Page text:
Québec City sits between the Laurentian highlands of the southeastern Grenville Province of the Canadian Shield and the Appalachian Mountains that were formed during the Taconic and Acadian orogenies. Bedrock here is the Upper Ordovician Utica shale that “overlies the predominantly shallow marine carbonate facies of the Cambrian-Ordovician St. Lawrence Platform” (or St. Lawrence lowlands).The adjacent St. Lawrence River, which I gather formed post-Pleistocene glaciation by cutting into the relatively less-resistant sedimentary rocks sandwiched between the Laurentians and the Appalachians, is part of the Great Lakes – St. Lawrence Seaway system.
As a sign by one of the many higher-up river outlooks explains, the land beneath Quebec City was not chosen by the French because of the overwhelming tectonics over an equally stupefying period of time that created it but purely for defense strategic reasons. To each their own time scale.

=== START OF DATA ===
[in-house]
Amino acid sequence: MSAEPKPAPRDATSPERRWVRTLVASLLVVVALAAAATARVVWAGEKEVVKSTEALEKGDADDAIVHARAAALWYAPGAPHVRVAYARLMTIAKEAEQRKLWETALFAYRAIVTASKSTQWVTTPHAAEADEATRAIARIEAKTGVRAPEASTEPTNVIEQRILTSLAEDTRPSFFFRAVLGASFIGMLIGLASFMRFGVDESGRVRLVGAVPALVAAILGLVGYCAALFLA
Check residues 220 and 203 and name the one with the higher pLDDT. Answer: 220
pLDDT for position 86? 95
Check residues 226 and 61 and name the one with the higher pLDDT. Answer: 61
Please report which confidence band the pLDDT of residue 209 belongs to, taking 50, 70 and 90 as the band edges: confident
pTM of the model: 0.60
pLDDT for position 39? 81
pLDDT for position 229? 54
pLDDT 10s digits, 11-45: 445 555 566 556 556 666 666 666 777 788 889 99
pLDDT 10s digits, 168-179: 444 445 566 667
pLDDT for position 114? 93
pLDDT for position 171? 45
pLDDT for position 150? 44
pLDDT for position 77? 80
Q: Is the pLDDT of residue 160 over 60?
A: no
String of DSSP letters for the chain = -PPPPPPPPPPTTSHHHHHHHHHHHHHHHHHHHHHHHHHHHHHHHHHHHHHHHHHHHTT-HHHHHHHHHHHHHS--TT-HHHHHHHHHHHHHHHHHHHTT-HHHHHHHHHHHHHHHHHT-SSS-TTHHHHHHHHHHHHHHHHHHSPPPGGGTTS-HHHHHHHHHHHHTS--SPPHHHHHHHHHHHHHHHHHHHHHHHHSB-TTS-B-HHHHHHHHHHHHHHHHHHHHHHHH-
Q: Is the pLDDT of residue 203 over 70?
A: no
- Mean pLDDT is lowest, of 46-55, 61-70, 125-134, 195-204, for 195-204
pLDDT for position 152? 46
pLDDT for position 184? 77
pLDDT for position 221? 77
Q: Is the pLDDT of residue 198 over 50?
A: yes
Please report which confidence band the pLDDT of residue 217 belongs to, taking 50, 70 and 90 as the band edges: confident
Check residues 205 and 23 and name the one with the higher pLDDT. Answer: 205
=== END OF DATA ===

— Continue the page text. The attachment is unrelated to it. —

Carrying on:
In a time-traveling nutshell: Canadian Shield forms the core of the North American continent –> happy passive margin forms with the buildup of a carbonate platform and the transgression of the sea –> BAM BAM Taconic and Acadian continental collision events creating the Appalachian mountains –> some quiet time as the Atlantic Ocean forms to the east –> glaciation from the north –> glacial retreat –> uplifted Québec City and associated river –> some French dude named Samuel de Champlain surveys the Great Lakes – St. Lawrence area, claims the high cape of Québec City and territory all the way from north of Minnesota down to and including Louisiana for New France in 1608 and his people put up a bunch of ramparts against, well, everyone –> the Brits take over in 1763 –> Canada forms in 1868 and tells everyone to sod off in exchange for putting limey monarchs on its currency –> Canadian geologists find economic natural gas in the Utica shale. (Someone call They Might Be Giants and set this to music.)